In December 2018, Jane Hinckley Halprin succeeded Richard Sippel as the FCC’s Administrative Law Judge. Some thought she’d make headlines for moving forward with a hearing designation order centered on Sinclair Broadcast Group‘s now-aborted merger with Tribune Media.
Halprin on Tuesday (3/5) issued a five-page order that puts an end to any inquiry into Sinclair’s actions as they pertain to the attempted acquisition of Tribune. Why?
“The dissolution of the Sinclair/Tribune consolidation is a circumstance that would
render a hearing at this time in the context of this proceeding an academic exercise,” she said.
That’s because, as Halprin notes, “The licenses at issue are now part of an unrelated proposed transaction not involving Sinclair.” Rather, the Tribune Media stations are poised to become Nexstar Media Group properties, pending regulatory approval.
But, Sinclair shouldn’t be magically absolved of its transgressions, Halprin warns.
“Honesty with the Commission is a foundational requirement for a Commission licensee,” she says.
While the Hearing Designation Order is not moving forward, “That is not to say that Sinclair’s alleged misconduct is nullified or excused by the cancellation of its proposed deal with Tribune.”
In fact, Sinclair’s questionable behavior may be best looked into in a future proceeding involving a license assignment, transfer, or renewal, Halprin suggests.
“At that time, it may be determined that an examination of the misrepresentation and/or lack of candor allegations raised in this proceeding is warranted as part of a more general assessment of Sinclair’s basic character qualifications to be a Commission licensee,” she writes. “Absent a specific transaction or other proceeding to provide context for this unresolved character issue, however, conducting a hearing at this time would not be a prudent use of Commission time and resources.”
The FCC in July 2018 effectively sent Sinclair a giant stink bomb, in the form of a 22-page Hearing Designation Order (HDO) that ultimately led to the dissolution of its $3.9 billion Tribune Media merger.
Among the applications filed with the Commission, three stuck out like sore thumbs. These deals raised “significant questions as to whether those proposed divestitures were in fact ‘sham’ transactions,” the FCC said.
The Commission pointed to Sinclair’s original plan to sell WGN-9 in Chicago to David Fader — called “an individual with no prior experience in broadcasting who currently serves as CEO of a company in which Sinclair’s executive chairman has a controlling interest.” That would be Atlantic Automotive Group.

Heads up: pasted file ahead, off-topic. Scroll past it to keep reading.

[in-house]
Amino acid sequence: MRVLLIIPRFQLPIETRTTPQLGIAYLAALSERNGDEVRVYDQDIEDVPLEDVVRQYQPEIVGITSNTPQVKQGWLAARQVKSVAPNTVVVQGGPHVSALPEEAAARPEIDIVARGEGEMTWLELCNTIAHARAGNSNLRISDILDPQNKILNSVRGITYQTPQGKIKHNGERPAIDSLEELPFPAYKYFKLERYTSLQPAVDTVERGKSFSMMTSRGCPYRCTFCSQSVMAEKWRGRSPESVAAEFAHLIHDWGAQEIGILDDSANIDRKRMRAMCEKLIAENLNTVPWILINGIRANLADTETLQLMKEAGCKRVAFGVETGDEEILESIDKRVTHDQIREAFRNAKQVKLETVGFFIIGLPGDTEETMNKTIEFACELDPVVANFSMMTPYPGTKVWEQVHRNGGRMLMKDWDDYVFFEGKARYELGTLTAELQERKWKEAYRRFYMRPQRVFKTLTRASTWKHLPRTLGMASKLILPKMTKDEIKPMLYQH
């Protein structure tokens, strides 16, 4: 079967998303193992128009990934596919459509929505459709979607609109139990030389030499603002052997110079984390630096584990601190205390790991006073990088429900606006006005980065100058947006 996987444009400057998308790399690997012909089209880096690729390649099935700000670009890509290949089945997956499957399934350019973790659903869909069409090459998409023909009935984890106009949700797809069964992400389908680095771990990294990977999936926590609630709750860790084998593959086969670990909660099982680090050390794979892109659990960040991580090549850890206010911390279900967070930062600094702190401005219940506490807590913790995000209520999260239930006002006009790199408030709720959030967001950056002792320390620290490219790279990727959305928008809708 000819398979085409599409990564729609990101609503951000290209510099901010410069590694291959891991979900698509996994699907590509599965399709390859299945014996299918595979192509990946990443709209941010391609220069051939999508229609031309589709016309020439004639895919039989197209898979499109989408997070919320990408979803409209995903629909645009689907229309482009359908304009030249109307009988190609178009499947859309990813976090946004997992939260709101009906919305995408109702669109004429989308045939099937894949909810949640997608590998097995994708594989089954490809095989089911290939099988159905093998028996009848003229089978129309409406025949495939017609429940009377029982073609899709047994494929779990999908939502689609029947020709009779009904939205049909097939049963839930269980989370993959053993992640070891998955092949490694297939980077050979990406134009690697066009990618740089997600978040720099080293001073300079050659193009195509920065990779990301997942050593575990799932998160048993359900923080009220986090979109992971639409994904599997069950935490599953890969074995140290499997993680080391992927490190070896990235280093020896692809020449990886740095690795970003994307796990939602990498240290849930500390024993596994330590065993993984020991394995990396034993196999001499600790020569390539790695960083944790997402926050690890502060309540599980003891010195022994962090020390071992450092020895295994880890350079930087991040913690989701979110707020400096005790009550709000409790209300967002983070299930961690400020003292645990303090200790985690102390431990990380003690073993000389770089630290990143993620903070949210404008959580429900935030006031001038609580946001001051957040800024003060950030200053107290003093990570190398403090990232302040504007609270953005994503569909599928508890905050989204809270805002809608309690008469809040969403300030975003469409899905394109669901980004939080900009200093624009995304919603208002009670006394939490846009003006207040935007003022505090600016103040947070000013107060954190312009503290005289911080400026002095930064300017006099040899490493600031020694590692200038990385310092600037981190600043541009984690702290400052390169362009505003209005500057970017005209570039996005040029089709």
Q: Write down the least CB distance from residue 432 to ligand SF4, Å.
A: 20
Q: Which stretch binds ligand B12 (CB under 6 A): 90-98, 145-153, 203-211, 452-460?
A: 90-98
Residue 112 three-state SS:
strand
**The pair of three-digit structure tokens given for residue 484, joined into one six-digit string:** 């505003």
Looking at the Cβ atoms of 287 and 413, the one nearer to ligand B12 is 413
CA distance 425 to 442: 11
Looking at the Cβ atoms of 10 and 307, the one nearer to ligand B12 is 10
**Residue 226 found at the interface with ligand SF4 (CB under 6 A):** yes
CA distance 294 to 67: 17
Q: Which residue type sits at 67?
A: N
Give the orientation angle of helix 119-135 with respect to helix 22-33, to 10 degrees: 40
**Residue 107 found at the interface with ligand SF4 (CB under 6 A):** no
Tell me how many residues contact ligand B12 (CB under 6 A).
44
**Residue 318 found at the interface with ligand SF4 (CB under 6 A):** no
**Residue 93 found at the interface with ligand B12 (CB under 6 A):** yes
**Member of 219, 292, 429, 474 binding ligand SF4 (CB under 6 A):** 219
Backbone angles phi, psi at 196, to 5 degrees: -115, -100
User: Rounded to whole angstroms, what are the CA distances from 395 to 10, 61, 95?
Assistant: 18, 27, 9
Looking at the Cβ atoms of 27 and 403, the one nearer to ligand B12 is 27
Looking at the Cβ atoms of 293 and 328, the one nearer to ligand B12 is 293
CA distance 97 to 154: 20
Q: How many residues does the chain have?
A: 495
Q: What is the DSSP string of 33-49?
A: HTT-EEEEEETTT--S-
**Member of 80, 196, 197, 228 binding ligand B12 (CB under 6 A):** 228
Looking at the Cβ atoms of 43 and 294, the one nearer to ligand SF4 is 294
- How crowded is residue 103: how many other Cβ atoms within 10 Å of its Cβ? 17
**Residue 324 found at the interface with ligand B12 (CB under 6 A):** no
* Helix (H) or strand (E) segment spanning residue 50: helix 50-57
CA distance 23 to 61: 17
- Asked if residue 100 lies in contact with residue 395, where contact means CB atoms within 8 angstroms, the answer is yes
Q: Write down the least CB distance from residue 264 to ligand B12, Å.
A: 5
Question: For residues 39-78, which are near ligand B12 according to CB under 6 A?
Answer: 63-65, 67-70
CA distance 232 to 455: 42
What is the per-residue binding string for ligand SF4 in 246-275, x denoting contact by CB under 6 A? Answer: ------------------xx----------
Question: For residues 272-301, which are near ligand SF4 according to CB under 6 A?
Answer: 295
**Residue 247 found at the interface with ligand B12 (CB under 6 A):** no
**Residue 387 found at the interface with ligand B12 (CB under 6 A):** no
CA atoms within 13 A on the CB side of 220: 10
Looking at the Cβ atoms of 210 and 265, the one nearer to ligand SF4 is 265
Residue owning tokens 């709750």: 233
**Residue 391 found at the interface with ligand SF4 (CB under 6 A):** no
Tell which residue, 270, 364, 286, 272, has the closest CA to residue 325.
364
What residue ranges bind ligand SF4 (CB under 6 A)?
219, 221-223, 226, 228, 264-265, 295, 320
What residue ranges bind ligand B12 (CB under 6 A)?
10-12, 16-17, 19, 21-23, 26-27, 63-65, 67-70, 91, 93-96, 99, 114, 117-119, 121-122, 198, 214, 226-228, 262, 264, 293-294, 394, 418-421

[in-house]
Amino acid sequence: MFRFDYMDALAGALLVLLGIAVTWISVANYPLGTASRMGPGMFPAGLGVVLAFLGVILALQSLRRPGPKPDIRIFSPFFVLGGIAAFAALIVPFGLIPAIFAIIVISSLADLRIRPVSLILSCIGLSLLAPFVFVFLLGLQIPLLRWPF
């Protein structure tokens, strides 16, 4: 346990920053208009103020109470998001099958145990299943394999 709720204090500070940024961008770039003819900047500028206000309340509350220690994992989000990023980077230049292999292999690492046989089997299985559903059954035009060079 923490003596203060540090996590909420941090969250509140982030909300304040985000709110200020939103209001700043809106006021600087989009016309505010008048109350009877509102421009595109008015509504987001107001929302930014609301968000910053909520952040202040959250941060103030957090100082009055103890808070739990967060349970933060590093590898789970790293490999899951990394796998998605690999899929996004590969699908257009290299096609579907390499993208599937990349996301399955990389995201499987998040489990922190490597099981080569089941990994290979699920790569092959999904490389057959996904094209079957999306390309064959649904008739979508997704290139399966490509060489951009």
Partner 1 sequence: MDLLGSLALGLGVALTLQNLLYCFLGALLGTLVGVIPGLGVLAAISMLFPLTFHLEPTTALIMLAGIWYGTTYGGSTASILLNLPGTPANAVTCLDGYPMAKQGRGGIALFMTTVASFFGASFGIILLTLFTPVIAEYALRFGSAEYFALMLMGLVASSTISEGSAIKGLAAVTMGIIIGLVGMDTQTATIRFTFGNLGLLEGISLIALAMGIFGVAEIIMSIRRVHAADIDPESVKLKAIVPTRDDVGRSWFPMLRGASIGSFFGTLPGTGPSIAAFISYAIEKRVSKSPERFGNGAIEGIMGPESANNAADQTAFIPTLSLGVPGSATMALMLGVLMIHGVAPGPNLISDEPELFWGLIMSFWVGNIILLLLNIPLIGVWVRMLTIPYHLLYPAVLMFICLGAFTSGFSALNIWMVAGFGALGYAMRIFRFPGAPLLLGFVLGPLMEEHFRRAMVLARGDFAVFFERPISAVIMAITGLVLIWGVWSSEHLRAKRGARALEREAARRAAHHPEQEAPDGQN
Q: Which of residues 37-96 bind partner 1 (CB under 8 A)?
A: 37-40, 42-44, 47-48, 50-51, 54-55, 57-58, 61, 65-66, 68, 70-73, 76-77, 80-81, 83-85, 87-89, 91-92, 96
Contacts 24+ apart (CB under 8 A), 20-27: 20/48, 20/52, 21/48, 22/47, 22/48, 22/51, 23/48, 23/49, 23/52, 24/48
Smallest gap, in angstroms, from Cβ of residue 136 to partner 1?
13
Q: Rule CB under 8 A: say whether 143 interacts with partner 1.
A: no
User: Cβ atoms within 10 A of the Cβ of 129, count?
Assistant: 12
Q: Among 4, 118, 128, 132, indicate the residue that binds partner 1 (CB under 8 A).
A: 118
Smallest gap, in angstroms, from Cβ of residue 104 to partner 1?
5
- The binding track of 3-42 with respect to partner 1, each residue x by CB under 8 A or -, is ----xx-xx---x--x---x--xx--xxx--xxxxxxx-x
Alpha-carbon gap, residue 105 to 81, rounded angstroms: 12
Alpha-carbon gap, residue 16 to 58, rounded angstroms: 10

As has been extensively reported by RBR+TVBR, Fader has a close relationship with David D. Smith, who served as President/CEO of Sinclair until stepping aside from day-to-day duties in January 2017. Fader in 1997 was President/CEO of Summa Holdings Ltd., and in January of that year decided to have his Heritage Automotive Group purchase a pair of Saturn dealerships in the Baltimore area, and the rights to a third in Annapolis. To help finance future expansion, leading to the creation of ACG, Smith came on as a partner at Summa.
As disclosed by the FCC, Smith is a member of Atlantic’s board of directors. Further, Atlantic is an advertiser and tenant of Sinclair.
Also of concern to the FCC: The purchase price Fader would have paid for WGN-9, and an option allowing Sinclair to eventually acquire the station. RBR+TVBR coverage of the transaction from March 21 was cited as a source.
The FCC also, as expected, called into question spins of KDAF-TV in Dallas and KIAH-TV in Houston to Cunningham Broadcasting, a company that takes the maiden name of the wife of Sinclair’s founder. And, it called out the acquisition of the voting shares of Cunningham by Michael Anderson, a Sinclair associate, “for a $400,000 sales price that is far below market value.”
Then there is Sinclair’s apparent guarantee of $53.6 million of Cunningham’s debt.
“Such facts raise questions about whether Sinclair was the real party in interest under Commission rules and precedents and attempted to skirt the Commission’s broadcast
ownership rules,” the FCC noted in the HDO.
Halprin’s decision was greeted with pleasure by American Cable Association President/CEO Matthew M. Polka.
He noted that the decision underscored the importance of the ACA’s pending request for expedited FCC review of the next set of Sinclair TV station licenses coming up for renewal.
“Halprin emphasized that the most serious charge against Sinclair — that it lied to the FCC — was neither ‘nullified nor excused’ by this dismissal,” Polka said. “Instead, because the charge is now ‘untethered’ to a specific transfer application, it ‘would be more appropriately considered in the context of a future proceeding in which Sinclair is seeking FCC approval, for example, involving an application for a license assignment, transfer, or control.’ Fortunately, such a proceeding already exists—one in which the public will have the opportunity to participate.”
Four months ago, ACA asked the FCC to expedite the next set of license renewals so that the FCC can resolve these questions sooner rather than later.
“We continue to urge the FCC to do so,” Polka said. “As Judge Halprin made clear today, the FCC will have to grapple with Sinclair’s behavior one way or the other. All parties — including Sinclair itself — will benefit if this happens sooner rather than later.”